Someone in one of the my email lists was asking about the history of semiotics in anthropology, and that made me realise that I didn’t know very much about the subject, so I spent some time googling it. I got particularly interested in Milton Singer, who is interesting to me because he was hugely influential at Chicago, but afaik is basically forgotten today in my field.

A quick google seemed to confirm much of what I already suspected about semiotics: After Worlds War II many people were interested in abstraction and communication — concepts like ‘cybernetics’ and ‘information’ were in the air. As the more humanistically-inclined dug for sources they saw Saussure and Peirce as dual sources for what we now call ‘semiotics’.

In the US Thomas Sebeok was the academic entrepreneur who worked to create semiotics as a new and embracing discipline. In fact, one obituary called him the “pioneer, pathfinder, mentor, midwife, pied piper, kind Midas, gold standard, magician, troubadour, trickster,” and “friend” of semiotics. A more staid LA Time Obituary has further details and no pay wall. Linguistics as a discipline was clearly key here.

According to a short history the first major conference on semiotics was in 1966, around the same time the journal Semiotica was founded. Sebeok was involved in this and a ton of other series, often published by De Gruyter Mouton. It was a highly international affair (as many of those things were in those well-funded days) with American (and Canadian) institutional supports in people like Sebeok, as well as many European anchors. Greimas’s name appears in this literature frequently, for instance. There was also a strong Eastern European influence as well.

To me, ‘semiotics’ in anthropology means ‘Chicago anthropology, especially the work of Michael Silverstein’. Silverstein however, is just part of a larger movement. Today, this approach is well-established in other powerful departments — there is for instance Webb Keane at Michigan and Asif Agha and Benjamin Lee at Penn, Paul Kockelman at Yale, Nicholas Harkness at Harvard, and many others. So by now this tendency in anthropology has the potential to be institutionalised in most of the major departments of anthropology in North America, and seems to me to be a North American phenomenon — I can’t think of many Oxbridge types who think of themselves as doing ‘semiotics’ in this sense. Silverstein was hired by Chicago in 1971. His ground-breaking “shifters” paper was published in 1974.

But Silverstein was not the only person to discuss semiotics at Chicago. Milton Singer (useful obit here) did a philosophy degree at Chicago with Carnap in 1940 and ended up turning into a South Asianist and major force behind Chicago’s Centre for South Asian Studies, often working with Robert Redfield on projects driven by large external grants (here’s another Chicago-based obit). I am guessing war service sent him in that direction? I am sure if I read some of the sources I googled it would all be clear to me.

At any rate, in the late 1970s Singer returned to an interest in earlier questions of meaning, beginning (afaik) with the paper “For a semiotic anthropology” in Sebeok’s edited volume Sight, Sound, and Sense. Other way marks here are his 1984 Man’s Glassy Essence: Explorations in Semiotic Anthropology and 1991’s Semiotics of Cities, Selves and Cultures. While some authors have revisited this work on the whole I at least haven’t heard much about it. I do wonder about his relationship with Silverstein — the two authors were at different ends of their careers.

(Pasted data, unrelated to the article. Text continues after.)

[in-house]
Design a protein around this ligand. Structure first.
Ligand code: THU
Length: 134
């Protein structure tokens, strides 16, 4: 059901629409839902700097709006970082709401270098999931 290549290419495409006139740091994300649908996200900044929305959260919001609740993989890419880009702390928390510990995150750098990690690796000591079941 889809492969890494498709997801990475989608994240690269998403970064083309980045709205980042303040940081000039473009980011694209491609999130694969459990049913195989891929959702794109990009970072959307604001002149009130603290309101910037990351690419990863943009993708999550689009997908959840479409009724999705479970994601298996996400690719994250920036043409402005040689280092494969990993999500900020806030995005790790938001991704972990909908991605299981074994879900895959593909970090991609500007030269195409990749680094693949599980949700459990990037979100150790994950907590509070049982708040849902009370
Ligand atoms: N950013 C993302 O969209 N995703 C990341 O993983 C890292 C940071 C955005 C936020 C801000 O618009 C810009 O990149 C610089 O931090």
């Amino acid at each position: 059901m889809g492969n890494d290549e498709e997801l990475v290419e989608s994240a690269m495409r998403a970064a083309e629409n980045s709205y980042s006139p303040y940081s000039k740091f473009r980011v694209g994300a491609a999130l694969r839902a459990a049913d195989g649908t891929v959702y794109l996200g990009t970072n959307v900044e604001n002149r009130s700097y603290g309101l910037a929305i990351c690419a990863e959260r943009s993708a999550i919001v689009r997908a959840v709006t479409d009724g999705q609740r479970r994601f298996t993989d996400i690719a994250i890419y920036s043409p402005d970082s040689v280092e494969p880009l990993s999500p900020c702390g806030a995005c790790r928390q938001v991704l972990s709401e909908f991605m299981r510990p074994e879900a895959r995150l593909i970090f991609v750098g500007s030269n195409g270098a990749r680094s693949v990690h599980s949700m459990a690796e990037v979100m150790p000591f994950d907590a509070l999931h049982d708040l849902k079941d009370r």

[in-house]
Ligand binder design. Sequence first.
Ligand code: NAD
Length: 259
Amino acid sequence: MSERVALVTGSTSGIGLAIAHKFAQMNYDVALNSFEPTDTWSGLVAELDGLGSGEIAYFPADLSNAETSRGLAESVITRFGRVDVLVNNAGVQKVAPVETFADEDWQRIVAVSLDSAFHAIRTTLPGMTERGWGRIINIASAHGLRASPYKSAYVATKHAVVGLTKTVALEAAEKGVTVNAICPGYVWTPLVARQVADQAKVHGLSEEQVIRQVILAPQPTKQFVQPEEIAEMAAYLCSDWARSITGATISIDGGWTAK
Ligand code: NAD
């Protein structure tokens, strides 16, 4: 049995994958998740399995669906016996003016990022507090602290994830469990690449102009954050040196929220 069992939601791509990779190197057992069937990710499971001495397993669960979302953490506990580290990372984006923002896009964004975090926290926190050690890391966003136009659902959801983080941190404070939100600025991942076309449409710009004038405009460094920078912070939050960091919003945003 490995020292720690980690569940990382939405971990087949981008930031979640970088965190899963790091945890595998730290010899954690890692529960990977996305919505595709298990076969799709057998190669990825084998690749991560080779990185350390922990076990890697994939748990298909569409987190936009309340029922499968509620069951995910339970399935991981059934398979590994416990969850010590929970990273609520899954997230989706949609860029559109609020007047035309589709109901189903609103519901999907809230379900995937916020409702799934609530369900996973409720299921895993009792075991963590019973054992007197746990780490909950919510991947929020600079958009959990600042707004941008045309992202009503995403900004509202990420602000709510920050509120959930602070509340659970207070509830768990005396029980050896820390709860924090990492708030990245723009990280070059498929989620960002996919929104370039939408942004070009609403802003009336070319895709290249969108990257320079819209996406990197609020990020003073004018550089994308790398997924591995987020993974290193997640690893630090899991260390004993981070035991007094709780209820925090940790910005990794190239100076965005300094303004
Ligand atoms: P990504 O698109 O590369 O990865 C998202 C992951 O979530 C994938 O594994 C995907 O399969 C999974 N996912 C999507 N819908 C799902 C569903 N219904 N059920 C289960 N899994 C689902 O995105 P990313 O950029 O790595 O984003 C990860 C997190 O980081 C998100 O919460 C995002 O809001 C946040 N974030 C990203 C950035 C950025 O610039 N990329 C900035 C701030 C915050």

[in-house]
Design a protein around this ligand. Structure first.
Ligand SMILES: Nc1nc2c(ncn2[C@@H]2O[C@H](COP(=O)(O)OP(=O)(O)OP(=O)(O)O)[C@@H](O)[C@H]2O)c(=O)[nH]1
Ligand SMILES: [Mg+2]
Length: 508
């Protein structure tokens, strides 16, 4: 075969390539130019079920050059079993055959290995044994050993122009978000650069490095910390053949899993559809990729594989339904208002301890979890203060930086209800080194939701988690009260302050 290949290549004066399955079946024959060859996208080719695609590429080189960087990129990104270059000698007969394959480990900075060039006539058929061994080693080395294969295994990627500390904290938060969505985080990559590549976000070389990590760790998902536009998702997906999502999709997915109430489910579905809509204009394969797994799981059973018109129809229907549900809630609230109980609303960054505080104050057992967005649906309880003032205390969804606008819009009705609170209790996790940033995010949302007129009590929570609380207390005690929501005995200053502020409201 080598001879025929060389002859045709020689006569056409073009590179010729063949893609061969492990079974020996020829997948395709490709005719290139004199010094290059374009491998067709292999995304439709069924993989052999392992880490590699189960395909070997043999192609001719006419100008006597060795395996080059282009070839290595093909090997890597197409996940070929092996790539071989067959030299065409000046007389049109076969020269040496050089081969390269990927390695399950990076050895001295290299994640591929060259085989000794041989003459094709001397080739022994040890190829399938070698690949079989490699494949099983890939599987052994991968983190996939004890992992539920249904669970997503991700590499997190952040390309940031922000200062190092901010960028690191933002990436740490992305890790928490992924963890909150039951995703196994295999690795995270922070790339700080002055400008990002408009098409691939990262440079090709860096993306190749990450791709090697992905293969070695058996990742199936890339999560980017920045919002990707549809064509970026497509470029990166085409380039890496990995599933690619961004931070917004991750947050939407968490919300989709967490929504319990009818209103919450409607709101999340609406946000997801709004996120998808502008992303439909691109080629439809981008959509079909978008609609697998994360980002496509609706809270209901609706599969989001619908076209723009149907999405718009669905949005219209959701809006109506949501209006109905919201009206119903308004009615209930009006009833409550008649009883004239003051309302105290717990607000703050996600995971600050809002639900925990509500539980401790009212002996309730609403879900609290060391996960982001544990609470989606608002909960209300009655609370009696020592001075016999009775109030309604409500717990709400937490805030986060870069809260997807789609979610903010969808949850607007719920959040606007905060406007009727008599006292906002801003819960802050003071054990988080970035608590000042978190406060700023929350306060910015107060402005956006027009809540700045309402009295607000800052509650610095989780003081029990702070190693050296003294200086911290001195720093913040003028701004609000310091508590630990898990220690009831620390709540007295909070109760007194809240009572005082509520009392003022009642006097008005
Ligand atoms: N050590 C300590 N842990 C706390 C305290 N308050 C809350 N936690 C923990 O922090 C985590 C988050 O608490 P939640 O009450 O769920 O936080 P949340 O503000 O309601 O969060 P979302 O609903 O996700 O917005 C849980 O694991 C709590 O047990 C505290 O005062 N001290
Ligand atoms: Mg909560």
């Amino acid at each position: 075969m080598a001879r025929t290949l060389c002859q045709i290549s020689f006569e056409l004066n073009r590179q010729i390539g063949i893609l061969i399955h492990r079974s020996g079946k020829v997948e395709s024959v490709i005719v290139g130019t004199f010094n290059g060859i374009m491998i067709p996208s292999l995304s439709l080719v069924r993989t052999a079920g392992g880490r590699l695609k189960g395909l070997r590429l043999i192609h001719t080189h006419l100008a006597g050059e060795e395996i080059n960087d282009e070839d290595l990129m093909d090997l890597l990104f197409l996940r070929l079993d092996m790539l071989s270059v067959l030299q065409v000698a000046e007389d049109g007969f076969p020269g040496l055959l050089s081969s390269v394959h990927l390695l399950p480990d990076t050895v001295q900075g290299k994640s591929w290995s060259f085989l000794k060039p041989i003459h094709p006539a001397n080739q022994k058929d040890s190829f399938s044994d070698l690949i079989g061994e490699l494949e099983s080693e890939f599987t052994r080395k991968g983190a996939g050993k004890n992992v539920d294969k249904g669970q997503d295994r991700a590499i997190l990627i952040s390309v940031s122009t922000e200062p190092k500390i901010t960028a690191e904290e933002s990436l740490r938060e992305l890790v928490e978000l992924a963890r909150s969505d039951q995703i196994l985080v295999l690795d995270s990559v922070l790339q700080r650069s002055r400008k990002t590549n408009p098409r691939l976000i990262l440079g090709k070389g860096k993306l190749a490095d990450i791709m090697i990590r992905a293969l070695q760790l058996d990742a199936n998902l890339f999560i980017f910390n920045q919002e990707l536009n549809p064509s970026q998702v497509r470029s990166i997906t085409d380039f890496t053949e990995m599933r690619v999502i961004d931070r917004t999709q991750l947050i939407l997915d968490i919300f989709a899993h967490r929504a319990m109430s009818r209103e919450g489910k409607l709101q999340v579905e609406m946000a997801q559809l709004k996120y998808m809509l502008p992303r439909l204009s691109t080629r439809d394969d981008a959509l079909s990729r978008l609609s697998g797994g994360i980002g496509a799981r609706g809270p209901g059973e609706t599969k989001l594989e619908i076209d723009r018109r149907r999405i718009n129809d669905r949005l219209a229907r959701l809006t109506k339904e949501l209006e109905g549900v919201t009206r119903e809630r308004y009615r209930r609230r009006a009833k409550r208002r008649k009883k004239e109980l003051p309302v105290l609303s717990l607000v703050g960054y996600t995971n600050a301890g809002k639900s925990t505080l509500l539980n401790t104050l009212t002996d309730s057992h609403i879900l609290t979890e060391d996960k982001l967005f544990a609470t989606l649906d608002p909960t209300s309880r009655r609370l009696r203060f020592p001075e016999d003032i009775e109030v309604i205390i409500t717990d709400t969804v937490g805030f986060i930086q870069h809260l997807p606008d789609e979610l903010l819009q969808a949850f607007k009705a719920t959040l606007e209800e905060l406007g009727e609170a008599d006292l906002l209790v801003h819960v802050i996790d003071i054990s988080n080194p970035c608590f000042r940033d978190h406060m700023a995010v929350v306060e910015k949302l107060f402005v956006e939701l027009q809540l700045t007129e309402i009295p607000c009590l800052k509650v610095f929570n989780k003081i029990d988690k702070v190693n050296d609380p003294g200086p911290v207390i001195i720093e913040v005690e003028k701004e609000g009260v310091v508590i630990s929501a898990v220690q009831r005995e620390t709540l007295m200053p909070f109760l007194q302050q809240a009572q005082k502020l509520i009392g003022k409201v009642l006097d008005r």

As a grad student in the 1990s I was assigned works such as Semiotic Mediation (1985) and Signs in Society (1994) (and the earlier papers in it) as examples of the tradition. The 2013 creation of the journal Signs in Society seems important to me as a sign of the continued vitality of this tendency. When Paul Manning joined the editorial board of Language and Communication in 2004 I feel like I started seeing several semiotic-style special issues appearing there.

There is more to say about all this, but I wrote this mostly to dump all my open browser tabs into my (outboard) brain, so I’ll stop here for now and let this cursory sketch stay cursory.

Honey and Poi featured in USCJ’s “Journeys”

Honey and Poi is a history of my synagogue in Hawai‘i. I helped research it and Matt, my collaborator and friend, wrote it. In a short column for USCJ’s online magazine Journeys we talk about being Jewish in Hawai‘i and the lessons we learned about keeping our community strong and vital far from traditional American centres of Judaism on the East Coast. Check it out!

Two new podcasts: Charles King and Don Kulick

It’s been a very busy time of year for me and so I’ve done a bad job publicising my podcasts for New Books Network, and this despite my how interesting the authors and book are which I’ve been talking about! So for the record go listen to:

My interview with Charles King on his new popular history of the Boas Circle, Gods of the Upper Air.

My interview with Don Kulick on his new popular ethnography of language loss and the perils of fieldwork in Papua New Guinea, A Death in the Rainforest.

Both authors were great to interview. King’s book is a fresh, accessible history of Boasian anthropology which is clear-eyed about the drawbacks of the discipline but ultimately is very supportive of it. Kulick’s book is a funny, sad, personal, and not too politically correct account of his work in the Sepik and the difficulties he faced there, including some pretty harrowing violence.

That’s it for now. More soon, and I hope you enjoy these interviews!

Go read my new encyclopedia article on mining!

I’m very happy to announce that my new entry on ‘mining’ is now available on the Cambridge Encyclopedia of Anthropology. I worked pretty hard on this piece so… I hope you like it!

The Cambridge Encyclopedia of Anthropology (CEA) is a peer-reviewed, open access reference work with some great topics and authors. It does a great job of making anthropology available to the public. The pieces are much longer than a normal encyclopaedia article, they are signed, and they have citations — my piece is basically a condensed literature review. The accessibility of the entries varies widely. Some are really good for the general reader, while others are more specialised. But over all I think the project is very useful and I’m glad I contributed to it.

There are a lot of long, more in-depth reviews of the anthropology of mining out there. I think especially of the reviews by Godoy, Ballard and Banks, and Jacka in Annual Review of Anthropology. But if you don’t have access to that serial, or if you just want something shorter, I hope you’ll take a look at my piece. It was a mind-expanding, exhausting experience trying to synthesise al the literature I had to read for it. In particular, I learned that I will never be able to keep up with the massive streams of work on ASM (artisanal and small-scale mining) issuing forth out of Europe. But it was still a fun challenge to do my best. If you think I totally mischaracterised your work or anyone else’s… let me know. And if I didn’t then hey… maybe this piece will be valuable in the long run to people new to anthropology and mining!